When teachers get old, like over fifty-five, they’re always in a bad mood. ~Lindsey, age 8

If you do badly on a report card or test that you take home on a Friday, you should wait until Sunday night to ask your parents to sign it. ~Hannah, age 14

When teachers are mad, they don’t blink. ~William, age 12

You should not mess with the principal. ~Nicholas, age 9

For more funny quotes, check this out.  www.generationterrorists.com/quotes/kids.html

Teaching with A BALL FOR DAISY

Posted August 28, 2012 by cathyso3
Categories: Classic Books

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The Caldecott Medal winner, A Ball for Daisy, by Chris Raschka is a wordless book about a dog and her special ball. There are underlying themes of loss and friendship which Raschka expertly conveys with his bright and charming illustrations.

This book presents teachable moments and lends itself to preschool through first grade curriculum in numerous ways. If you’re using it in your classroom or library, here are a few suggestions for extended activities.

For preschoolers:

While sharing the book, have students name the colors used by the illustrator. Discuss the expressions on Daisy’s face as the story progresses. Is she happy? Is she sad? Why? What happened? Engage students in conversations about what makes them happy or what makes them sad.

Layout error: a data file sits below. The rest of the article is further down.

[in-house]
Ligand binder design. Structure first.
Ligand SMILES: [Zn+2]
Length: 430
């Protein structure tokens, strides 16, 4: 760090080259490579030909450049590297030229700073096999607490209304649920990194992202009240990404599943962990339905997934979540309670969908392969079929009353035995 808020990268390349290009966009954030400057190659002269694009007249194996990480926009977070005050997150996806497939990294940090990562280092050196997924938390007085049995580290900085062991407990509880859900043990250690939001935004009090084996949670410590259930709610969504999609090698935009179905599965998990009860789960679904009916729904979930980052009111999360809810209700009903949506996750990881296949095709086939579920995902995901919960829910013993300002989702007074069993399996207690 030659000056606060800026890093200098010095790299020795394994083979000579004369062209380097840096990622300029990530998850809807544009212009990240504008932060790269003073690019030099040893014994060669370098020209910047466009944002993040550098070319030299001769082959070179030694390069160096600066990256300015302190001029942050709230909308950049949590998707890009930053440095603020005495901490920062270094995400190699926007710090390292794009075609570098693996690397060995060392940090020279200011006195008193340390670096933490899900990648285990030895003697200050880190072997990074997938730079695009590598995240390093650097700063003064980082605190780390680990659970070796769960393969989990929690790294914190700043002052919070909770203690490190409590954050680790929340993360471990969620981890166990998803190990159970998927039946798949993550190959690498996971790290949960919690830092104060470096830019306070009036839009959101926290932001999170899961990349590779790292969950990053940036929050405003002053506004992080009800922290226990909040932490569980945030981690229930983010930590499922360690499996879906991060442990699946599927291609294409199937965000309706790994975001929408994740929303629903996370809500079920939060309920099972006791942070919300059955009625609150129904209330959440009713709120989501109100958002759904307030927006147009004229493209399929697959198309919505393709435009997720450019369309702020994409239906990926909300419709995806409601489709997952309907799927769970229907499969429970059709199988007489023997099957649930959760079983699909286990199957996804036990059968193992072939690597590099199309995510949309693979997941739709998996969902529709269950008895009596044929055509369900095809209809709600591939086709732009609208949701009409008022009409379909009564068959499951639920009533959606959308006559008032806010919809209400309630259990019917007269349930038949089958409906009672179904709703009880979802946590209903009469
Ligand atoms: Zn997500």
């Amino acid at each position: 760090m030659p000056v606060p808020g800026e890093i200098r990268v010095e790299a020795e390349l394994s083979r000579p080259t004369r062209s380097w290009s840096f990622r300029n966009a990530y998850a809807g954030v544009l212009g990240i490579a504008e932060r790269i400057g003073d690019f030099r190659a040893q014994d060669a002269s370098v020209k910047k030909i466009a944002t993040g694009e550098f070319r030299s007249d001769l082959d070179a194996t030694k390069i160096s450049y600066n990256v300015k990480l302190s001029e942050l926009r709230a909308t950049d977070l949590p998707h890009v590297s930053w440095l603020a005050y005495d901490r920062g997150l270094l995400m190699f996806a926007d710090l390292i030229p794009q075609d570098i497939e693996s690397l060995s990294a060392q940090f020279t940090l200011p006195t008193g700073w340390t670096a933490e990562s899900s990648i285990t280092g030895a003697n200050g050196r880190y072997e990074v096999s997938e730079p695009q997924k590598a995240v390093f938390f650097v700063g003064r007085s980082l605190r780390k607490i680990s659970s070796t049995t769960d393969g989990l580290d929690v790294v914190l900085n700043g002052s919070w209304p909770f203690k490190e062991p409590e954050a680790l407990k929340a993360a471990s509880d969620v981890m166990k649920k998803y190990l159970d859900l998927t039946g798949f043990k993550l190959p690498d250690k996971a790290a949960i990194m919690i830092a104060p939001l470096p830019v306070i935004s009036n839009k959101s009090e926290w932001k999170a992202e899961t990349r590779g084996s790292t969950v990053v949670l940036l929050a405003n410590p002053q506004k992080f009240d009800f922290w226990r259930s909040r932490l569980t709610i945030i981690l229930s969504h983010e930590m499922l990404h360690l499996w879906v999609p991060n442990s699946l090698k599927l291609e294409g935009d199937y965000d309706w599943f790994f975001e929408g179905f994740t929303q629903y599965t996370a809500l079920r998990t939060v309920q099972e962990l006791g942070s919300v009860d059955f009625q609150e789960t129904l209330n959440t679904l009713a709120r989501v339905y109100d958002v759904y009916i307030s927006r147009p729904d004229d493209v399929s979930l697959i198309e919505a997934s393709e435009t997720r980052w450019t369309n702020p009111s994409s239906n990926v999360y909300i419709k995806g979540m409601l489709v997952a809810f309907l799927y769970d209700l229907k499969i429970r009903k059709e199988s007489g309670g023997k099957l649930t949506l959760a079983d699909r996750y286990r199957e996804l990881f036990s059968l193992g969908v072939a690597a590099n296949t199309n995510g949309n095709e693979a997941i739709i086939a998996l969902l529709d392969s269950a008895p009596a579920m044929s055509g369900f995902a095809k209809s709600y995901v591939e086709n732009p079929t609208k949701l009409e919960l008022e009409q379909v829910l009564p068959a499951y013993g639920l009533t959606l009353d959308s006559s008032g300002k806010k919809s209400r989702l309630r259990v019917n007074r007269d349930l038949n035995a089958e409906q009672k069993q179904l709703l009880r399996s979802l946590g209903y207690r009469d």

For kindergarten and first grade:

To aid in language development, have students retell the story in their own words as you page through the book.

It’s never too early to talk about the different parts of the book – character, setting, problem, solution, beginning, middle, and end.

Promote imagination. Have students make up a new story about Daisy and her friend and draw illustrations for the story. This can be done as a whole group activity or in smaller groups.

However you choose to use this delightful picture book, make sure to enjoy the story from beginning to end!

If you’d like to watch and hear Chris Raschka talk about his books and illustrations, click here.

Do Not Disturb – Busy Reading

Posted August 24, 2012 by cathyso3
Categories: Literature

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All of the books I ordered for the library have arrived. I’m a happy camper. Each night I settle into my favorite comfy chair and read. I finished the Newbery book, Dead End in Norvelt by Jack Gantos, and loved it. It’s filled with humor and sprinkled with tidbits of interesting historical facts. It also has the gross factor that is sure to delight some. Think spewing blood, old gnarly hands, dead people, and murder all combined to make a great story based on events in Jack Gantos’ early life. This is a great pick – especially for boys.